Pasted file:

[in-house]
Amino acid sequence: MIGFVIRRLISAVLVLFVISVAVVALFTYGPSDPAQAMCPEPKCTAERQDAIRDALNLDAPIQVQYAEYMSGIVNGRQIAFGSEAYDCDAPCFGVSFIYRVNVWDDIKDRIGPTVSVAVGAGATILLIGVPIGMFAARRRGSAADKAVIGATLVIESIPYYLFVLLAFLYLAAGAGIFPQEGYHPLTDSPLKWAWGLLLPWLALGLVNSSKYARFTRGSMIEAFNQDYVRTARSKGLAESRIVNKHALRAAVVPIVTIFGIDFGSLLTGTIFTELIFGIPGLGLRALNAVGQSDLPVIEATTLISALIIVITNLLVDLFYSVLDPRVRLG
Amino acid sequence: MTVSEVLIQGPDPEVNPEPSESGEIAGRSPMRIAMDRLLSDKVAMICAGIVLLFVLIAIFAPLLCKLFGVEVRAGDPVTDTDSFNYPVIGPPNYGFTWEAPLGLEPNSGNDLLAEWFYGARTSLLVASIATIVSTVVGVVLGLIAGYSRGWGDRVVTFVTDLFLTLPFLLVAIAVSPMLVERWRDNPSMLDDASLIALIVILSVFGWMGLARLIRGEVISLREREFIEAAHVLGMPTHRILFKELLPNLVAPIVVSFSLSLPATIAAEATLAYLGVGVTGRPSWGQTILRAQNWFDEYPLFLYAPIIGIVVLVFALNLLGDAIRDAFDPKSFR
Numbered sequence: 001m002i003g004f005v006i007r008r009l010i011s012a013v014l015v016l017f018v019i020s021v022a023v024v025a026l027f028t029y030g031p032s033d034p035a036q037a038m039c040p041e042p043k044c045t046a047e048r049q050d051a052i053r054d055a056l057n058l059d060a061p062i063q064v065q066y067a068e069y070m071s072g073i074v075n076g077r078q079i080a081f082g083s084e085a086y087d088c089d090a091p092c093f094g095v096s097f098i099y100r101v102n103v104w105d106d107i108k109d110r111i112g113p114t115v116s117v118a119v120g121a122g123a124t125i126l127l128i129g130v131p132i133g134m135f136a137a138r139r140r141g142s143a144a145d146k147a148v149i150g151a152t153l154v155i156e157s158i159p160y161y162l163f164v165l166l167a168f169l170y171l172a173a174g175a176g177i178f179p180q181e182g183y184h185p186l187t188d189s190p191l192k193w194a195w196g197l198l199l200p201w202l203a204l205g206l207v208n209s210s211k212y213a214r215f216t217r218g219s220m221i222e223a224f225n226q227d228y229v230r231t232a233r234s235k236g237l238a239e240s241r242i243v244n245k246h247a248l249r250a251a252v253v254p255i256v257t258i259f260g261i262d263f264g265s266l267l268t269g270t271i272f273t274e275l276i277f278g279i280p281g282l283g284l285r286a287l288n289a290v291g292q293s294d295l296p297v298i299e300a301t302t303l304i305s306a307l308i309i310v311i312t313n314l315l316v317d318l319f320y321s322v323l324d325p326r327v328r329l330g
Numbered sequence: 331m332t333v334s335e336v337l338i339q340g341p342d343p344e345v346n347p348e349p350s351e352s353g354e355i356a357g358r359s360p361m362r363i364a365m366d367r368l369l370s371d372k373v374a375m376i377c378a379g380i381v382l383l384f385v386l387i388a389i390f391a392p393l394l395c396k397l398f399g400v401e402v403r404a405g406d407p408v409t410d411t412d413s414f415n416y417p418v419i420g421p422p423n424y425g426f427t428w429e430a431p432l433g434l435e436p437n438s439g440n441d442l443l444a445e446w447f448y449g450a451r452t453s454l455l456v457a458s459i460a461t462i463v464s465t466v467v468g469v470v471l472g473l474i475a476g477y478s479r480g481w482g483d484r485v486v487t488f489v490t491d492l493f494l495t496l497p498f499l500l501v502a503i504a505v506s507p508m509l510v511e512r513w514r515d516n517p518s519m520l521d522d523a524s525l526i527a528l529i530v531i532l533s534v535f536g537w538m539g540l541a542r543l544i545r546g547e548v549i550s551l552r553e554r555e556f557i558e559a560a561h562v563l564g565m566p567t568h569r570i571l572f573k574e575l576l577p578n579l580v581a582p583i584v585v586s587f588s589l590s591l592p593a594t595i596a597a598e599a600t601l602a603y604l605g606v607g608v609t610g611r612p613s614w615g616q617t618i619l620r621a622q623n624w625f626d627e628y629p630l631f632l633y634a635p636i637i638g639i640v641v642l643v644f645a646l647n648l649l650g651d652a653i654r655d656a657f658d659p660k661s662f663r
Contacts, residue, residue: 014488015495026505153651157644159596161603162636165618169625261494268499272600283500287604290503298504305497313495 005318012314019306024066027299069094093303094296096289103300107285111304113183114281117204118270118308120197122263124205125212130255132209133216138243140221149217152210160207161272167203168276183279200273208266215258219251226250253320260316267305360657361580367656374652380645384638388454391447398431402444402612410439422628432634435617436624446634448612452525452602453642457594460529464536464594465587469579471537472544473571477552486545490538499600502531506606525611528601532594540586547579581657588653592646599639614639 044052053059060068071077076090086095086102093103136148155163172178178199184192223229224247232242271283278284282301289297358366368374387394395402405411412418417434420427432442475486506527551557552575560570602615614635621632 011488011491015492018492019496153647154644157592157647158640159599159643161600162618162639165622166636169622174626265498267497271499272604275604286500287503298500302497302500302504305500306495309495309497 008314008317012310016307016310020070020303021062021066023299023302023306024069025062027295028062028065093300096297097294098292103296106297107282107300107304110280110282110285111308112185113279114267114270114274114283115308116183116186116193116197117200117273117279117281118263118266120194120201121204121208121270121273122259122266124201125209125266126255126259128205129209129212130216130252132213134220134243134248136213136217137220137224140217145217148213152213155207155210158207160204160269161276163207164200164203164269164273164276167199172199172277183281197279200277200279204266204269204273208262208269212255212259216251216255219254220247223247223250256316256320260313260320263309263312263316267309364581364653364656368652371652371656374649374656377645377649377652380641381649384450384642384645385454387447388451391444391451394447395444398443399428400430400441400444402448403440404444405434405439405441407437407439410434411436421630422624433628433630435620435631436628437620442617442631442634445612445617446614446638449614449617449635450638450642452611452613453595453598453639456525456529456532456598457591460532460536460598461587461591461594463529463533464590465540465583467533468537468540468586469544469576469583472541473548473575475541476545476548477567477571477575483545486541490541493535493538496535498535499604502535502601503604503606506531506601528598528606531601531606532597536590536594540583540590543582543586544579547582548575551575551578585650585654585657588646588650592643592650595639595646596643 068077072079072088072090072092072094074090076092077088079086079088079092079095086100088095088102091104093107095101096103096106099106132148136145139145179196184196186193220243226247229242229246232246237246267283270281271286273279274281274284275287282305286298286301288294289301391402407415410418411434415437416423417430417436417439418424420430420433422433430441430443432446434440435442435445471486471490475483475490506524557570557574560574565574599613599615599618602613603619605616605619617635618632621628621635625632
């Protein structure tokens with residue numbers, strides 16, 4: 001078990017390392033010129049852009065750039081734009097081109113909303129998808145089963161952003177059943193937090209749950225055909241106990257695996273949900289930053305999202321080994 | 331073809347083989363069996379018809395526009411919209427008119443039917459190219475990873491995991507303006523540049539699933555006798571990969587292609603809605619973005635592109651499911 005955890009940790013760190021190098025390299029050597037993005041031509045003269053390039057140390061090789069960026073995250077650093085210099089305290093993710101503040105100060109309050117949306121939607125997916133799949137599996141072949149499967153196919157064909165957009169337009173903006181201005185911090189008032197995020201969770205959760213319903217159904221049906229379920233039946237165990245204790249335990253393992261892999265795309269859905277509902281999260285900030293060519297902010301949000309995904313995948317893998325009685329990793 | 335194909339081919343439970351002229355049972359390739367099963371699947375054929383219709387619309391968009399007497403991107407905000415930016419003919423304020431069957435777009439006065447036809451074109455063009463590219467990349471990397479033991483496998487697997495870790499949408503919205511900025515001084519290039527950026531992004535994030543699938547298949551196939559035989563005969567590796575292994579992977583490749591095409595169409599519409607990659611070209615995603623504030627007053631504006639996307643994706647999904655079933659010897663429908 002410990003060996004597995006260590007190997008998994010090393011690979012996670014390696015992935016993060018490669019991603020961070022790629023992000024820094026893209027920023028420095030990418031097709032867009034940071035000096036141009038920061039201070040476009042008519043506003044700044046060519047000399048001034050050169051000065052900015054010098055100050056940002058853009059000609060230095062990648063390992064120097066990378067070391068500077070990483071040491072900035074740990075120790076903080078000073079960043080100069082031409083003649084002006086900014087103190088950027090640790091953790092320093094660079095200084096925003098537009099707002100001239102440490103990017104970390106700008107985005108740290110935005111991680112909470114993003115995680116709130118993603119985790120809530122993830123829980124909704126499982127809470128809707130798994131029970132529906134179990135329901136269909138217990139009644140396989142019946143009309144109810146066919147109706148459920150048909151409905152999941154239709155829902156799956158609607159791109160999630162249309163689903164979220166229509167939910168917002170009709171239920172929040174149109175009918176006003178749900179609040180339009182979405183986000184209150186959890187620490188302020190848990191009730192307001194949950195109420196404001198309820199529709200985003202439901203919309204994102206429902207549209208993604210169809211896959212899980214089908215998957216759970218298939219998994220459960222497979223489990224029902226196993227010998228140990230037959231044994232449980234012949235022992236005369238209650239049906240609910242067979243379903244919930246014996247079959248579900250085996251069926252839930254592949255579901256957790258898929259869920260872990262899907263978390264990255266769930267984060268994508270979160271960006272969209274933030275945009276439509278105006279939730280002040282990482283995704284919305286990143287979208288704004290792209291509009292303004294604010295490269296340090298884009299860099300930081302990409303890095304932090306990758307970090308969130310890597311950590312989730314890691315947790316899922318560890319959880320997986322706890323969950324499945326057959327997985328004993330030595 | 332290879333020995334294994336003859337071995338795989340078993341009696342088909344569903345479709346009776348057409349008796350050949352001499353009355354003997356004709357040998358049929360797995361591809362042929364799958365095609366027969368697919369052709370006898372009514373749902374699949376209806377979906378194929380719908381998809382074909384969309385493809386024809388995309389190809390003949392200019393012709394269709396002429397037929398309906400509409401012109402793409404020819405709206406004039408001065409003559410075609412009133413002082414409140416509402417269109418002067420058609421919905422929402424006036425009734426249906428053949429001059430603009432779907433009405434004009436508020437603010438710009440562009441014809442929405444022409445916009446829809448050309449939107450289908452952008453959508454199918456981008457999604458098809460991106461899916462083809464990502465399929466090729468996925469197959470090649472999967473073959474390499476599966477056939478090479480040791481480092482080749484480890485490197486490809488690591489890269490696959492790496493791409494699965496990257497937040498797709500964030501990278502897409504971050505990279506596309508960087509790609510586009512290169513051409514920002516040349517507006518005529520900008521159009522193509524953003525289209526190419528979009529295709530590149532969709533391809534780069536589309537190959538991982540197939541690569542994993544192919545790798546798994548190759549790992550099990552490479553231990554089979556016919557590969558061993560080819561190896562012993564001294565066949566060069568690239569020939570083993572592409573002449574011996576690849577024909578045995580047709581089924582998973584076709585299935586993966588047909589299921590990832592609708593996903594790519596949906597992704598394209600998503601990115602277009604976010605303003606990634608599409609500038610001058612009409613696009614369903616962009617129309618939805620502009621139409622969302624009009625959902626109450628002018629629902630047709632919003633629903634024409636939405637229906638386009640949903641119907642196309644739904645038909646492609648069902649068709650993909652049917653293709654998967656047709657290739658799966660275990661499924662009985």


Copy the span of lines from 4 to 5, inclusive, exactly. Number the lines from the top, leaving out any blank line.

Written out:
Numbered sequence: 001m002i003g004f005v006i007r008r009l010i011s012a013v014l015v016l017f018v019i020s021v022a023v024v025a026l027f028t029y030g031p032s033d034p035a036q037a038m039c040p041e042p043k044c045t046a047e048r049q050d051a052i053r054d055a056l057n058l059d060a061p062i063q064v065q066y067a068e069y070m071s072g073i074v075n076g077r078q079i080a081f082g083s084e085a086y087d088c089d090a091p092c093f094g095v096s097f098i099y100r101v102n103v104w105d106d107i108k109d110r111i112g113p114t115v116s117v118a119v120g121a122g123a124t125i126l127l128i129g130v131p132i133g134m135f136a137a138r139r140r141g142s143a144a145d146k147a148v149i150g151a152t153l154v155i156e157s158i159p160y161y162l163f164v165l166l167a168f169l170y171l172a173a174g175a176g177i178f179p180q181e182g183y184h185p186l187t188d189s190p191l192k193w194a195w196g197l198l199l200p201w202l203a204l205g206l207v208n209s210s211k212y213a214r215f216t217r218g219s220m221i222e223a224f225n226q227d228y229v230r231t232a233r234s235k236g237l238a239e240s241r242i243v244n245k246h247a248l249r250a251a252v253v254p255i256v257t258i259f260g261i262d263f264g265s266l267l268t269g270t271i272f273t274e275l276i277f278g279i280p281g282l283g284l285r286a287l288n289a290v291g292q293s294d295l296p297v298i299e300a301t302t303l304i305s306a307l308i309i310v311i312t313n314l315l316v317d318l319f320y321s322v323l324d325p326r327v328r329l330g
Numbered sequence: 331m332t333v334s335e336v337l338i339q340g341p342d343p344e345v346n347p348e349p350s351e352s353g354e355i356a357g358r359s360p361m362r363i364a365m366d367r368l369l370s371d372k373v374a375m376i377c378a379g380i381v382l383l384f385v386l387i388a389i390f391a392p393l394l395c396k397l398f399g400v401e402v403r404a405g406d407p408v409t410d411t412d413s414f415n416y417p418v419i420g421p422p423n424y425g426f427t428w429e430a431p432l433g434l435e436p437n438s439g440n441d442l443l444a445e446w447f448y449g450a451r452t453s454l455l456v457a458s459i460a461t462i463v464s465t466v467v468g469v470v471l472g473l474i475a476g477y478s479r480g481w482g483d484r485v486v487t488f489v490t491d492l493f494l495t496l497p498f499l500l501v502a503i504a505v506s507p508m509l510v511e512r513w514r515d516n517p518s519m520l521d522d523a524s525l526i527a528l529i530v531i532l533s534v535f536g537w538m539g540l541a542r543l544i545r546g547e548v549i550s551l552r553e554r555e556f557i558e559a560a561h562v563l564g565m566p567t568h569r570i571l572f573k574e575l576l577p578n579l580v581a582p583i584v585v586s587f588s589l590s591l592p593a594t595i596a597a598e599a600t601l602a603y604l605g606v607g608v609t610g611r612p613s614w615g616q617t618i619l620r621a622q623n624w625f626d627e628y629p630l631f632l633y634a635p636i637i638g639i640v641v642l643v644f645a646l647n648l649l650g651d652a653i654r655d656a657f658d659p660k661s662f663r